Here’s a question; how many female film directors can you name? I’m guessing about a dozen or so. Because the glass ceiling is still very much in place in Hollywood, most tend to work in the art house sector. Unfortunately opportunities for women film-makers outside of North America and Europe are even rarer. Sabiha Sumar has spent most of her career producing award-winning documentaries, and Silent Waters (Khamosh Pani) is her only foray into fiction. It examines the aftermath of the partition of India and Pakistan from a feminist perspective. While a lot of works have covered this area before, this is one of the first (as far as I’m aware), to specifically concentrate on how events impacted on women.
The film is set in 1979 in rural Pakistan. This was a tumultuous period in the young country’s history. The Prime Minister Zulfikar Ali Bhutto had been deposed in a military coup by General Zia-ul-Haq a few years earlier (and later hung), and the new government began encouraging Islamic fundamentalism as a way of cementing their rule.
Ayesha is a widow living quietly with her son. The tranquil life of the community has largely been unaffected by political events until the arrival of two radicals from the city begins to cause disruption. They quickly gain influence amongst the town’s young men and Ayesha’s son Saleem is swept up in this. Tensions are further heightened by a religious pilgrimage of Sikhs from India. Many of them used to live in the area before partition and their visit starts a chain reaction with unforeseen consequences.
Silent Waters was filmed in early 2001 so its exploration of the spread of fundamentalist Islam in Pakistan couldn’t have been more topical. It succinctly argues that however well-intentioned it might be, religion is often used as an excuse for nationalistic conflict, and also for men to oppress women in the name of God. It also questions why fundamentalism might be so appealing to young people despite its obvious drawbacks.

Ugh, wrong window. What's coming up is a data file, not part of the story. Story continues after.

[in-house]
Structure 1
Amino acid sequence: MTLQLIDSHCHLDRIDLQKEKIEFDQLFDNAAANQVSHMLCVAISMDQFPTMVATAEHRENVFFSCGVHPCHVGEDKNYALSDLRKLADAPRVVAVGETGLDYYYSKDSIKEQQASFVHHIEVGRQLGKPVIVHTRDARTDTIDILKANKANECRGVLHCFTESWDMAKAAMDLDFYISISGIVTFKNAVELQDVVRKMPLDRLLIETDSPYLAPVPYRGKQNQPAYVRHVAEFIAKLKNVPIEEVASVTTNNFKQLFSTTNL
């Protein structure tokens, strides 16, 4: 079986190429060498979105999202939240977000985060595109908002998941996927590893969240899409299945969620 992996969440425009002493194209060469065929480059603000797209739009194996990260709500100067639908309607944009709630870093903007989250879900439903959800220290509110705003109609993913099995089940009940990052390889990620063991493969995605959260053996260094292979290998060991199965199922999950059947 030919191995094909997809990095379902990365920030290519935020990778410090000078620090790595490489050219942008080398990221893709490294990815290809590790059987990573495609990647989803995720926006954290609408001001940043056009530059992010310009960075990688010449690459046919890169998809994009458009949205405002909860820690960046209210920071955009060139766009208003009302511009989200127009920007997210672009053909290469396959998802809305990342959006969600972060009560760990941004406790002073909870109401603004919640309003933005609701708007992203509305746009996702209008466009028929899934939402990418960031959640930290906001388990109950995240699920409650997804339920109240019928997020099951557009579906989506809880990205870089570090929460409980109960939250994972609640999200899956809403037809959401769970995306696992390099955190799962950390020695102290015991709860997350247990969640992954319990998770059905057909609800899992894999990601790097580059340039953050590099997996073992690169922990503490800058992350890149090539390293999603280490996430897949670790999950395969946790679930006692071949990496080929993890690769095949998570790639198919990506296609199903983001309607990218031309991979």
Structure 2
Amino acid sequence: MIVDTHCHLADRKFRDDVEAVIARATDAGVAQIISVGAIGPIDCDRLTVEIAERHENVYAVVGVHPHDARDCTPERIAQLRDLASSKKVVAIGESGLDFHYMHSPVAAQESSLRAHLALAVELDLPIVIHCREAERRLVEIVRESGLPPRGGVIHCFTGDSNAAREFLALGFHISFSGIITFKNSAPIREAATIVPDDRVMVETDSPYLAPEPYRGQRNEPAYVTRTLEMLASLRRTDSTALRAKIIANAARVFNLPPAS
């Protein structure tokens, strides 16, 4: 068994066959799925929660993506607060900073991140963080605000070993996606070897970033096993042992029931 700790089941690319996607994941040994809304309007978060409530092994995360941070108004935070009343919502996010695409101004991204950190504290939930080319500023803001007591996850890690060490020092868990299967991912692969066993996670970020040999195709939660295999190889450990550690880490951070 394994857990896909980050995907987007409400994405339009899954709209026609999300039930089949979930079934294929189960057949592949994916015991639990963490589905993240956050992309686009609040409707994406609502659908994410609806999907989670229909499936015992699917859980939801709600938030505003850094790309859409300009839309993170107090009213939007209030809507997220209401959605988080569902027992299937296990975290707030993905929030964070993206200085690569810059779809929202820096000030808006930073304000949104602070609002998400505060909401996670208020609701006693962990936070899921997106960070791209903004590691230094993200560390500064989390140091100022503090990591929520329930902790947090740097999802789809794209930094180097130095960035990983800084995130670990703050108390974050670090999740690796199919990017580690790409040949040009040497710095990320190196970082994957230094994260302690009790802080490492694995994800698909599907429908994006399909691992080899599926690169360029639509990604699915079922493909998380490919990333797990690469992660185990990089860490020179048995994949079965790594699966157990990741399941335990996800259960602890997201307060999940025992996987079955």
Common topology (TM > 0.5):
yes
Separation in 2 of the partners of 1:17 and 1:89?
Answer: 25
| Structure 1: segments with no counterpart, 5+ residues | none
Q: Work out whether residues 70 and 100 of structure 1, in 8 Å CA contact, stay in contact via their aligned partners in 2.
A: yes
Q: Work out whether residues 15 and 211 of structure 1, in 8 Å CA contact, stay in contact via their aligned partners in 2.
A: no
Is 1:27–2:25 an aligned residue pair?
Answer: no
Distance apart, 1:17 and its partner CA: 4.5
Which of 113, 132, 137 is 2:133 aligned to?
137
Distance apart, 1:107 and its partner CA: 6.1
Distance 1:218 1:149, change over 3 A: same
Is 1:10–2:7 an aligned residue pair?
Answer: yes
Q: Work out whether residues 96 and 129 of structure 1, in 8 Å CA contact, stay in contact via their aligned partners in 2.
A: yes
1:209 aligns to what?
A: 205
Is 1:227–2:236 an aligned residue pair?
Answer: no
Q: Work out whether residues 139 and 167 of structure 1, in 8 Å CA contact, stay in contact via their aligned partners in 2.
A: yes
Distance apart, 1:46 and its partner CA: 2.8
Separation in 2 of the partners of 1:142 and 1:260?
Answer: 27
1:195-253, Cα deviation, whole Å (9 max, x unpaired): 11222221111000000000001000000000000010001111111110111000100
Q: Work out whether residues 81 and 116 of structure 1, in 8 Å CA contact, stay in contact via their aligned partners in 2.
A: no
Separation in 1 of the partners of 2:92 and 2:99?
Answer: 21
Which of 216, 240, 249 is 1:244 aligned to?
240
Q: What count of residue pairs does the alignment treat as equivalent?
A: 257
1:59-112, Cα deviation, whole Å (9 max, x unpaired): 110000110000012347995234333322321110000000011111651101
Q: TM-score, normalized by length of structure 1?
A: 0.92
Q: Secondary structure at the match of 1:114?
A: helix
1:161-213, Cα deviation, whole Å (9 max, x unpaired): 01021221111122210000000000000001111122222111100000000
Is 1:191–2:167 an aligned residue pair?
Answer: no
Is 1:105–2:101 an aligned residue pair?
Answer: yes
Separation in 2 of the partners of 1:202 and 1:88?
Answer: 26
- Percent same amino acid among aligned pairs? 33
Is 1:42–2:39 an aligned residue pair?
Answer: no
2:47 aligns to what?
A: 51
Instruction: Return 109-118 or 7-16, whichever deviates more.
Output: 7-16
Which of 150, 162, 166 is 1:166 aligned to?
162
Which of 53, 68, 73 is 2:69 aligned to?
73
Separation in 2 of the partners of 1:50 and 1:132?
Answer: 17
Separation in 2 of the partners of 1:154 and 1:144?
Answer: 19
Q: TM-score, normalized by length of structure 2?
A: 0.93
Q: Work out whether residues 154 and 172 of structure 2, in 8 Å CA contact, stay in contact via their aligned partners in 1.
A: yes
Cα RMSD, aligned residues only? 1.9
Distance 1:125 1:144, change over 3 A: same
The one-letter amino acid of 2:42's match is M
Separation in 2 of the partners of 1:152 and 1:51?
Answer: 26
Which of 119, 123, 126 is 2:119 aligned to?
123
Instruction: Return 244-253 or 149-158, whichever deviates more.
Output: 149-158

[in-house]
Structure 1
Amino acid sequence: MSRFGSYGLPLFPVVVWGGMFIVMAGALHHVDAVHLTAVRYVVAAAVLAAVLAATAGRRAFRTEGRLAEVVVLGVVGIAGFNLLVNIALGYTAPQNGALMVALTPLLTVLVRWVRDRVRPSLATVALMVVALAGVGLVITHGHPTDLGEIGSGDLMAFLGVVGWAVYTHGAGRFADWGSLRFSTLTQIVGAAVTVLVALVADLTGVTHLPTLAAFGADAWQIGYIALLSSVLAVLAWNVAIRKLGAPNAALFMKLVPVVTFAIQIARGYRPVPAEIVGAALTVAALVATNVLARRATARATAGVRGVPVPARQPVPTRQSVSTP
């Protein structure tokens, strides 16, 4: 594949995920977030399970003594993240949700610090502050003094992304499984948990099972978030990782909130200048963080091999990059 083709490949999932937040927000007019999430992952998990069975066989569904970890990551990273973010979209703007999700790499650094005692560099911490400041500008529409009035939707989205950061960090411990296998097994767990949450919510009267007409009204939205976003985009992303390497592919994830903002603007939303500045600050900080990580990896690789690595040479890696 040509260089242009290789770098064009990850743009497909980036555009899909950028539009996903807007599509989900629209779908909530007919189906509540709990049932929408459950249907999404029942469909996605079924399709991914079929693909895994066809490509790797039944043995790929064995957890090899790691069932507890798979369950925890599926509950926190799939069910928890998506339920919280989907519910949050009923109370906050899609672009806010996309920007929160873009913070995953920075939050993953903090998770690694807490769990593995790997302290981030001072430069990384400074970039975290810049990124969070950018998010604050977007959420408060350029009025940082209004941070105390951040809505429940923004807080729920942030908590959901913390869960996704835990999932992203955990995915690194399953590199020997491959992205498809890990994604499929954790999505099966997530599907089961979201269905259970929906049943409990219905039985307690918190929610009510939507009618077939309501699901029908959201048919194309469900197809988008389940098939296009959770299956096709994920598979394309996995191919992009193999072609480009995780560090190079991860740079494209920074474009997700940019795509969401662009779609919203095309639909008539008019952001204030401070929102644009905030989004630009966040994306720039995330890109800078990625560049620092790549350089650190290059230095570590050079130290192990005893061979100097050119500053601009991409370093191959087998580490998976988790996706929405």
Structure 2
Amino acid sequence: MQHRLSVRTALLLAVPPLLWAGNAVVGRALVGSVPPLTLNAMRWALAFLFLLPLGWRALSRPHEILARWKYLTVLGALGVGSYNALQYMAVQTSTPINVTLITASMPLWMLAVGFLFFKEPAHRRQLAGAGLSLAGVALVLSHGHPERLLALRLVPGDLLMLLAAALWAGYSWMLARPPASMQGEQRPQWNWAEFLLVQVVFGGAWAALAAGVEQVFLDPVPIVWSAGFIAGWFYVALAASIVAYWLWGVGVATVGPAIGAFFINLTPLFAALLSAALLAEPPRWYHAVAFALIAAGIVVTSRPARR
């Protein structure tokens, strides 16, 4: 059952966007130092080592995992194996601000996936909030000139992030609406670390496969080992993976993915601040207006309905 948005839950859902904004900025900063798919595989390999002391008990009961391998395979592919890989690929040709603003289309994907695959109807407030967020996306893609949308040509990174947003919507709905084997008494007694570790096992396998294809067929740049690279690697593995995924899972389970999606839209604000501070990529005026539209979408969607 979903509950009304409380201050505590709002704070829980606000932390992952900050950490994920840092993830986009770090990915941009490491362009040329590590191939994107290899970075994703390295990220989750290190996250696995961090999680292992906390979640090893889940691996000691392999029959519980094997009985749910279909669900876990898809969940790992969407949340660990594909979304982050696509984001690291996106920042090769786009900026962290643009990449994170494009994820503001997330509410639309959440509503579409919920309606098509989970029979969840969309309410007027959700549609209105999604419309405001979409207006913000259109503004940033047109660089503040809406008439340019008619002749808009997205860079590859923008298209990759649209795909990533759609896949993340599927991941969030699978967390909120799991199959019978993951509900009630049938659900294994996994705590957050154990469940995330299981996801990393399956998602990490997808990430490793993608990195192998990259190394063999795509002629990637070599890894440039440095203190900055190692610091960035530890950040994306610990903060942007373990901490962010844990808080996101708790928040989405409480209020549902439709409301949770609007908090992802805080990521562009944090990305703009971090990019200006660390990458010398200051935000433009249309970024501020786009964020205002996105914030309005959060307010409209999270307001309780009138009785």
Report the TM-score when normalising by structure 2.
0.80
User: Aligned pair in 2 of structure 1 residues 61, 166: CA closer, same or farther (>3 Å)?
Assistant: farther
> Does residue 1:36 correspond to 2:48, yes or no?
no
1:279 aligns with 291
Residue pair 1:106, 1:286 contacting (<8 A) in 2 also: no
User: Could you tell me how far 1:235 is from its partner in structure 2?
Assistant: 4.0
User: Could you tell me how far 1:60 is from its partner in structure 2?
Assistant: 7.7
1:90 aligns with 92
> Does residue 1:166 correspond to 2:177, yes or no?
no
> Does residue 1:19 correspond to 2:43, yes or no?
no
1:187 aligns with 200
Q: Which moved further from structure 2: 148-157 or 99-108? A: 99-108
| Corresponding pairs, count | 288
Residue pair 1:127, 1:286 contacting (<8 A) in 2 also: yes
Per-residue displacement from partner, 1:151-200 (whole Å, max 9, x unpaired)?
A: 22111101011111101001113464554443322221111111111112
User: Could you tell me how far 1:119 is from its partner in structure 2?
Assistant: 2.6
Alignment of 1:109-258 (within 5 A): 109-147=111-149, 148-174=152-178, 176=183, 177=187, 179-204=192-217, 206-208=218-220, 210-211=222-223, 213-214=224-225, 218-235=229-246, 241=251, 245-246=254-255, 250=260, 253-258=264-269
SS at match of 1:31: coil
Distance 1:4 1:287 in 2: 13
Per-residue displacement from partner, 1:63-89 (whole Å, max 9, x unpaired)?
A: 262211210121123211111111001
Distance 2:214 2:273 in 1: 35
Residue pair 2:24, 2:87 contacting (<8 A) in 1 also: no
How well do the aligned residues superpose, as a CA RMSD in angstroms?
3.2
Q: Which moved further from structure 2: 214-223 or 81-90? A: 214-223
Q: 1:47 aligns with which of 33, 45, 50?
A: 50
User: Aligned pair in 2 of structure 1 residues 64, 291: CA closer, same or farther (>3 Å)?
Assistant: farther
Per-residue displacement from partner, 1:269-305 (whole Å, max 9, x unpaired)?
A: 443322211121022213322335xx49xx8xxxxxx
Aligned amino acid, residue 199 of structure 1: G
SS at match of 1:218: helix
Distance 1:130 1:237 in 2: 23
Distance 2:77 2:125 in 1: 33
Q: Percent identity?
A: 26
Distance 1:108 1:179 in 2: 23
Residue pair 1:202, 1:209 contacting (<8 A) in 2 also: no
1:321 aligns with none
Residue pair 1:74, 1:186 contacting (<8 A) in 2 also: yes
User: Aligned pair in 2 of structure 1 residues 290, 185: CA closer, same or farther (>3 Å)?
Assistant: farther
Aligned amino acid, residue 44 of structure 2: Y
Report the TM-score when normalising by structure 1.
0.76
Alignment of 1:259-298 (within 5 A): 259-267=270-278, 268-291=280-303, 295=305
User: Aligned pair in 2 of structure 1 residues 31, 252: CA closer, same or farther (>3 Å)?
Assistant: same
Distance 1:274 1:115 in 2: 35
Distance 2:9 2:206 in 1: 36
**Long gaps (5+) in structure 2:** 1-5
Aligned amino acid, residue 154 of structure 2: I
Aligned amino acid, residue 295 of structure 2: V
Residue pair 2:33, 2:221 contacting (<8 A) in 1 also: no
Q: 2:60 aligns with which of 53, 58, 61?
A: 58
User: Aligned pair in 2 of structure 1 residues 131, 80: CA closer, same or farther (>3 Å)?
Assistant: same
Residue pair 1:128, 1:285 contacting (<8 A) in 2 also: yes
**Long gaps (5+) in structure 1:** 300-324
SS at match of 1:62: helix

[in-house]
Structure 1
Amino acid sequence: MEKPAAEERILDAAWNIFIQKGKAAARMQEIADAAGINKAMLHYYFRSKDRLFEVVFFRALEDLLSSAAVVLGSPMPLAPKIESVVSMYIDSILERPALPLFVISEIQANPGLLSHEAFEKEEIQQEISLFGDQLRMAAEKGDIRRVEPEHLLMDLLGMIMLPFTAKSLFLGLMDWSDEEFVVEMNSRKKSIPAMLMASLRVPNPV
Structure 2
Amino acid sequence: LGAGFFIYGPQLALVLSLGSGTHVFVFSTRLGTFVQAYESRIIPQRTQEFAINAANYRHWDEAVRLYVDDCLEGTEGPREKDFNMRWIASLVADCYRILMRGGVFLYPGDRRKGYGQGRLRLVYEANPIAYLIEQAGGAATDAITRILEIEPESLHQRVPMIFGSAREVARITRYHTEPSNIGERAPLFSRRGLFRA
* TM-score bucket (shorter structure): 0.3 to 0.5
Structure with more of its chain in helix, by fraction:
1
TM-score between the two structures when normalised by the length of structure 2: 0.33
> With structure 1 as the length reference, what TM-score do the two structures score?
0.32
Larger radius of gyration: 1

The central theme though is how social pressure can lead people to do the most appalling things to preserve their so-called ‘honour’. In this sense small town Pakistan doesn’t seem any different from anywhere else on the planet in terms of how conformity can quickly erode toleration and neighbourhood bonds. I highly recommend that if you watch the film you should also read some of the academic histories of partition, and in particular those that focus on the experiences of women. At the risk of getting into standpoint epistemology, I think far too often female voices are marginalised when recounting historical events.
The film is beautifully shot and acted, and it’s gratifying that in this day and age people are still willing to support artistic works like this, despite the fact that they lack obvious commercial potential. Thankfully its quality was recognised and it won a variety of awards in Europe and elsewhere. Since making Silent Waters Sabiha Sumar has concentrated on documentaries examining political and social issues in Pakistan and India. Considering the success of her debut it’s a real shame she’s not directed more feature films, as movies thrive on people with different backgrounds and experiences being able to tell their stories. This film is a great example of this and definitely worth watching.